APA 6th Edition Fisković, I. (2003). Dodatak dubrovačkom opusu Petra Martinova iz Milana. Peristil, 46 (1), 29-47. Preuzeto s https://hrcak.srce.hr/166733
MLA 8th Edition Fisković, Igor. "Dodatak dubrovačkom opusu Petra Martinova iz Milana." Peristil, vol. 46, br. 1, 2003, str. 29-47. https://hrcak.srce.hr/166733. Citirano 01.04.2020.
Chicago 17th Edition Fisković, Igor. "Dodatak dubrovačkom opusu Petra Martinova iz Milana." Peristil 46, br. 1 (2003): 29-47. https://hrcak.srce.hr/166733
Harvard Fisković, I. (2003). 'Dodatak dubrovačkom opusu Petra Martinova iz Milana', Peristil, 46(1), str. 29-47. Preuzeto s: https://hrcak.srce.hr/166733 (Datum pristupa: 01.04.2020.)
Vancouver Fisković I. Dodatak dubrovačkom opusu Petra Martinova iz Milana. Peristil [Internet]. 2003 [pristupljeno 01.04.2020.];46(1):29-47. Dostupno na: https://hrcak.srce.hr/166733
IEEE I. Fisković, "Dodatak dubrovačkom opusu Petra Martinova iz Milana", Peristil, vol.46, br. 1, str. 29-47, 2003. [Online]. Dostupno na: https://hrcak.srce.hr/166733. [Citirano: 01.04.2020.]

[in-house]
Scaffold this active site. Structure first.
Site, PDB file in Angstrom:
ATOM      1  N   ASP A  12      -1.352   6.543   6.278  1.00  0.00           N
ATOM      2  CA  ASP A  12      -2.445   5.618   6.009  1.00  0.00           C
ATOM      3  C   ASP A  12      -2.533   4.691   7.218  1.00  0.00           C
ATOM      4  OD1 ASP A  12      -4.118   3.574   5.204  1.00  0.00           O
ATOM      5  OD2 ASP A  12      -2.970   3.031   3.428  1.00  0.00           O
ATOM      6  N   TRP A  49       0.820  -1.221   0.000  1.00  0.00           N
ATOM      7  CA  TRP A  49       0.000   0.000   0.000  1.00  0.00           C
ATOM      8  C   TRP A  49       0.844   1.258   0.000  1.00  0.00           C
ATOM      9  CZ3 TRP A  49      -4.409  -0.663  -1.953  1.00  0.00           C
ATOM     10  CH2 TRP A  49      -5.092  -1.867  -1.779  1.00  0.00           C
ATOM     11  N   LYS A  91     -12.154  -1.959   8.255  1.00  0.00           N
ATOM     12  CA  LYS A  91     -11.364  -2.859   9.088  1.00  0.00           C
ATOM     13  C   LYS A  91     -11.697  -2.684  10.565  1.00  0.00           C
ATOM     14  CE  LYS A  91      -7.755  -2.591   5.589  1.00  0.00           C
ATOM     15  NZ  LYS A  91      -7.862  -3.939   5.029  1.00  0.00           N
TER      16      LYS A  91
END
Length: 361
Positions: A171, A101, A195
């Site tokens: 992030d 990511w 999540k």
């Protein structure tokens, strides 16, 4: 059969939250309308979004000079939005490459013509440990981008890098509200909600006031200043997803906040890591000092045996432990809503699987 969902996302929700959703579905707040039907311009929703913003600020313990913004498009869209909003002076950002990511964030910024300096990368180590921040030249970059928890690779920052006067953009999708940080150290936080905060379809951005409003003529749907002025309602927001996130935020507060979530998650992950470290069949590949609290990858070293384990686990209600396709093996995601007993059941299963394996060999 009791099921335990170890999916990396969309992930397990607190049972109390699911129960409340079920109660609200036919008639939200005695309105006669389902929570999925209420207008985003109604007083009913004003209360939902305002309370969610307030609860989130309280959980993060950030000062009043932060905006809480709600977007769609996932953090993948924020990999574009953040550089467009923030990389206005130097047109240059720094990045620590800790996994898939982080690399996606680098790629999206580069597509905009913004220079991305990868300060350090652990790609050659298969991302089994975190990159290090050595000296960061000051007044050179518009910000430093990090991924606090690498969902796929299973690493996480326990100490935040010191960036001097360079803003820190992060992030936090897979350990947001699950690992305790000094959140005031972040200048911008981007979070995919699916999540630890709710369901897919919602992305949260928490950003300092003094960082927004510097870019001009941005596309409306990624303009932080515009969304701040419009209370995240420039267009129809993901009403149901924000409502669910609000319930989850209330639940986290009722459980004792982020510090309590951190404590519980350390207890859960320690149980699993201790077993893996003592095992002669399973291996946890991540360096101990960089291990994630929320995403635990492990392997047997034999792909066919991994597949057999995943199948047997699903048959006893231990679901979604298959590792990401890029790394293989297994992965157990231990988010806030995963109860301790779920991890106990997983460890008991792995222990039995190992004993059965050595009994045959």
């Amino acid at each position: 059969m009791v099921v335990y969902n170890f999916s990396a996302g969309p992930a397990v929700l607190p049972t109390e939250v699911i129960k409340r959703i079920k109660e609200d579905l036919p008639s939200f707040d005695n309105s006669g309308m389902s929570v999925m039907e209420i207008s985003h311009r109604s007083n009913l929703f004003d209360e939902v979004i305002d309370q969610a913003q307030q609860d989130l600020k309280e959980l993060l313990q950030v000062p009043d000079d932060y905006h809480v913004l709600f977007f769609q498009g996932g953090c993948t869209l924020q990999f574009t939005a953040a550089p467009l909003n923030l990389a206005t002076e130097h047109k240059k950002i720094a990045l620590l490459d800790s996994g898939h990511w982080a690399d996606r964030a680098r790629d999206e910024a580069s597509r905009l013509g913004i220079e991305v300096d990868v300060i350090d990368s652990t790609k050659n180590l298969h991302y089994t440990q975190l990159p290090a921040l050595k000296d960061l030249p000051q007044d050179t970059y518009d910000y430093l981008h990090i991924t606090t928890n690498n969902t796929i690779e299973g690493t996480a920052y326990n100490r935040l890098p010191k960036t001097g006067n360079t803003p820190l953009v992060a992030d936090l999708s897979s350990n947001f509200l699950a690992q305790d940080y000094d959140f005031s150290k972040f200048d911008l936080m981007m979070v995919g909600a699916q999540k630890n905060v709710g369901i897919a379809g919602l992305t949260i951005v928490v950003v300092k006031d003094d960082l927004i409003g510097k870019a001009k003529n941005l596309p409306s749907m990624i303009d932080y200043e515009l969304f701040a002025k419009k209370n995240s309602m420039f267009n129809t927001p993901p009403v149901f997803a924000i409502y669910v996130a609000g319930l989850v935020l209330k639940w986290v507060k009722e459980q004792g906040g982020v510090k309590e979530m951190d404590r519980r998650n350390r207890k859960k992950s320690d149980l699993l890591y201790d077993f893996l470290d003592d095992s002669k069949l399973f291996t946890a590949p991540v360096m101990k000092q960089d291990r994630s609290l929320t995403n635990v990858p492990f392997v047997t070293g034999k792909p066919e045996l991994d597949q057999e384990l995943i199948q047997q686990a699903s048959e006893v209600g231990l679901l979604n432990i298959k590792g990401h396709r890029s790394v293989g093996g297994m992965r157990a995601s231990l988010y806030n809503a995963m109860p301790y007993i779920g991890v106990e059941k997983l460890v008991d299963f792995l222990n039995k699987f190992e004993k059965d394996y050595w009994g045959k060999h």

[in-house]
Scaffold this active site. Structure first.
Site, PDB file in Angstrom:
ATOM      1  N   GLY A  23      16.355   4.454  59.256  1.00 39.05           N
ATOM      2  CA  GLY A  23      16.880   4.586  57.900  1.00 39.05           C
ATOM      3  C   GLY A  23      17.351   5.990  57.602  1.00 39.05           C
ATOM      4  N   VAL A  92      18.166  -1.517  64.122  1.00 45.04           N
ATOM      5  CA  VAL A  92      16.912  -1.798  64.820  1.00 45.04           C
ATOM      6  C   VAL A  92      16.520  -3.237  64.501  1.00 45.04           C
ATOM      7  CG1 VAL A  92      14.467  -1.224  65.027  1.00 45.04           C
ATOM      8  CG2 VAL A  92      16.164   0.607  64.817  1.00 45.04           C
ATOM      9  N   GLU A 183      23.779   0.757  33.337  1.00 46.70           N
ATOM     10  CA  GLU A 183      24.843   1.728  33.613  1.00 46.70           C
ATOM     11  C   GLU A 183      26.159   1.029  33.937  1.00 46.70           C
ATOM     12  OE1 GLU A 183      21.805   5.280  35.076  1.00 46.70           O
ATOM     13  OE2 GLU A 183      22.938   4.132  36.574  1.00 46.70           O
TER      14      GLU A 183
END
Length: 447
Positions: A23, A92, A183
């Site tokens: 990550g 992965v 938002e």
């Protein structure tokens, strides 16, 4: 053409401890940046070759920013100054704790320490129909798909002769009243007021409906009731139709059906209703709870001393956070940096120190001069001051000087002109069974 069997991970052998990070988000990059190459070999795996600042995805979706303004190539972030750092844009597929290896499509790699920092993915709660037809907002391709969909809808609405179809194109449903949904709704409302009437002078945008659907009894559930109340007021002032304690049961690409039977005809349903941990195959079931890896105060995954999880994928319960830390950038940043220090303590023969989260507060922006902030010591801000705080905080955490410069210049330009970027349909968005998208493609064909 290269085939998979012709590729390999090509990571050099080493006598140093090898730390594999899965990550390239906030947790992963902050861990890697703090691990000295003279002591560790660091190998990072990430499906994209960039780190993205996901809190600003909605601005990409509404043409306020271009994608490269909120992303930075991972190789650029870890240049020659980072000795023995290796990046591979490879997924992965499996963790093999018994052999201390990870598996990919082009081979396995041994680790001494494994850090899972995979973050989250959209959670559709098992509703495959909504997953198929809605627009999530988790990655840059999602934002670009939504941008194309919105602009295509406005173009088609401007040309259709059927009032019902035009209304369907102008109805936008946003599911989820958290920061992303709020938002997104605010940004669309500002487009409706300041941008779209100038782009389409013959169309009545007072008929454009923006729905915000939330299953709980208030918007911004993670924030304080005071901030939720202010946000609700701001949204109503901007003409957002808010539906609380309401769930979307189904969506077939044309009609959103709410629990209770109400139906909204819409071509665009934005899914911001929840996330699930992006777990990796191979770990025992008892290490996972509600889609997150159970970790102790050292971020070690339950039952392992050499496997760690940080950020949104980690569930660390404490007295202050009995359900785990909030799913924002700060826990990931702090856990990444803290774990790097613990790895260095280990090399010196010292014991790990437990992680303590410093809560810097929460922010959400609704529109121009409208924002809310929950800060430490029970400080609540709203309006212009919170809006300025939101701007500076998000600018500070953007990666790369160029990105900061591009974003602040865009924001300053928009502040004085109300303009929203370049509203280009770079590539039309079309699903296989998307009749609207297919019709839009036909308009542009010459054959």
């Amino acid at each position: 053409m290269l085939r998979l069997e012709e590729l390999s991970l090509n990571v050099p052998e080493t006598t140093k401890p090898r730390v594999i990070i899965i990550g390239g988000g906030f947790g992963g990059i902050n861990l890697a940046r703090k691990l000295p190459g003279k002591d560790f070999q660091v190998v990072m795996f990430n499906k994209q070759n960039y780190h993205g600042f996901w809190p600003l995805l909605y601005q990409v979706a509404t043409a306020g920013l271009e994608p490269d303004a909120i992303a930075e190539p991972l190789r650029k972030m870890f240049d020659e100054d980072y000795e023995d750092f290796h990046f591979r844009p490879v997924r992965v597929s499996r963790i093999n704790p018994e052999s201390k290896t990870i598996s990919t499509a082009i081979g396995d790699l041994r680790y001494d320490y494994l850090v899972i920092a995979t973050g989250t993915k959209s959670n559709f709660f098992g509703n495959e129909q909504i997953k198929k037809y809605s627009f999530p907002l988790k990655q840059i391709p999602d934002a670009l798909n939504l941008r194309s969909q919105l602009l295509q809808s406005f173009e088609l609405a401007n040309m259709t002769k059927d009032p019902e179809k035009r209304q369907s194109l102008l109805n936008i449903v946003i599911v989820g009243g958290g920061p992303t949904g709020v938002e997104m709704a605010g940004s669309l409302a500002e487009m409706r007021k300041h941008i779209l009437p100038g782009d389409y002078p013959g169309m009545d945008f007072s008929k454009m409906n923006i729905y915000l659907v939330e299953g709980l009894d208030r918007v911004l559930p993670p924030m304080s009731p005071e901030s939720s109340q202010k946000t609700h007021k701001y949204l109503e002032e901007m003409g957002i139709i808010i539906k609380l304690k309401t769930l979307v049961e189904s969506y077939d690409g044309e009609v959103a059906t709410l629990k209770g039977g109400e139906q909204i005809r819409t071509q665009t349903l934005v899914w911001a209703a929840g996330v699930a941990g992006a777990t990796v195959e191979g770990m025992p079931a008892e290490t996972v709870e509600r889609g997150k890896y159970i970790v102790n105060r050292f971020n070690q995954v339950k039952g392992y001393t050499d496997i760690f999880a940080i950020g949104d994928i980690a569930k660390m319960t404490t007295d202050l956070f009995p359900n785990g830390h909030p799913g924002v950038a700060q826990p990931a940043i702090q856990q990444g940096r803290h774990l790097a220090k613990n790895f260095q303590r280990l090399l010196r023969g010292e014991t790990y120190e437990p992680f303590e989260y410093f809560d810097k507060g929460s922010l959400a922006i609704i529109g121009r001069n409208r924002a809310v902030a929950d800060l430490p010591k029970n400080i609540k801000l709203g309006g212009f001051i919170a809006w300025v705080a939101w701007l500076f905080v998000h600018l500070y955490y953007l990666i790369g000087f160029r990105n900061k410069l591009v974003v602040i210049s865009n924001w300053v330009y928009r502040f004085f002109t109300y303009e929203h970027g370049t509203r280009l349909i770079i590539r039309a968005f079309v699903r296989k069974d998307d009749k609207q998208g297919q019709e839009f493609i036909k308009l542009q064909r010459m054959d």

Sažetak This study widens our insight into the art of Peitro di Martino da Milano, who lived and worked in Dubrovnik from 1431 through 1452, and was document as involved in a series of public programs. The author of the text has identified him with the "unknown Gothic master" to whom he had attributed, long ago, some fifteen sculptures in "soft style," and now he has added two additional significant works to that group — pulpits in the refectory of the Franciscan monastery, and in the church of St. Dominic, where the relief sculptures of various saints reveal the same style as the earlier attributions. The first pulpit represents an appearance of a new type in Southern Croatia, an exemplary work of the foreign master recorded in the monastery's records as working on the altar railing and the fountain in the cloister in the 1440ties. Its firm construction harmoniously relates to the relief of a slender St. Francis in the center field of the polygonal parapet revealing a hand of an accomplished artist. The pulpit in the Dominican church has been composed in a different way. It reveals similarities to the former in the modeling of the heads of the four main saints of the mendicant orders shown as smaller relief figures within a poliptych on the facade of its cubic body. The richness of the treatment has been complemented by a luxuriously carved capital of the support repeating together with the rest of figured and decorative elements other solutions by the master found in Dubrovnik. Most of the text has been devoted to comparative analysis to define, in totality, the art of Pietro da Martino in Dubrovnik. His role in conceiving of the complex program of the Rector's Palace has been especially emphasized, which, as well as two public fountains where Pietro's contribution has been documented, came into being during the stay of this highly respected artists in a city of ambitious rulers. In that sense we have attempted to clarify some earlier attributions and show Pietro as an accomplished master of international courtly Gothic open to humanist inspiration, and with signs of a "first Renaissance," not only in spirit but also in morphology. As Ms. Renata Novak-Klemen_i_ recently discovered that Pietro was identical with a "magister Petrus filius Martinij de Sormano de Mediolano lapicide," and successfully identified his so far unknown works in Italy, Pietro's oeuvre deserves a substantial revalorization. This would be justified also by the well-known demand by King Alfonso of Aragon asking Pietro to leave Dubrovnik for Naples, where the artist would acquire a world fame as one of the key masters of the Triumphal Arch of the Castelnuovo, a paradigmatic piece of Early Renaissance art in Italy.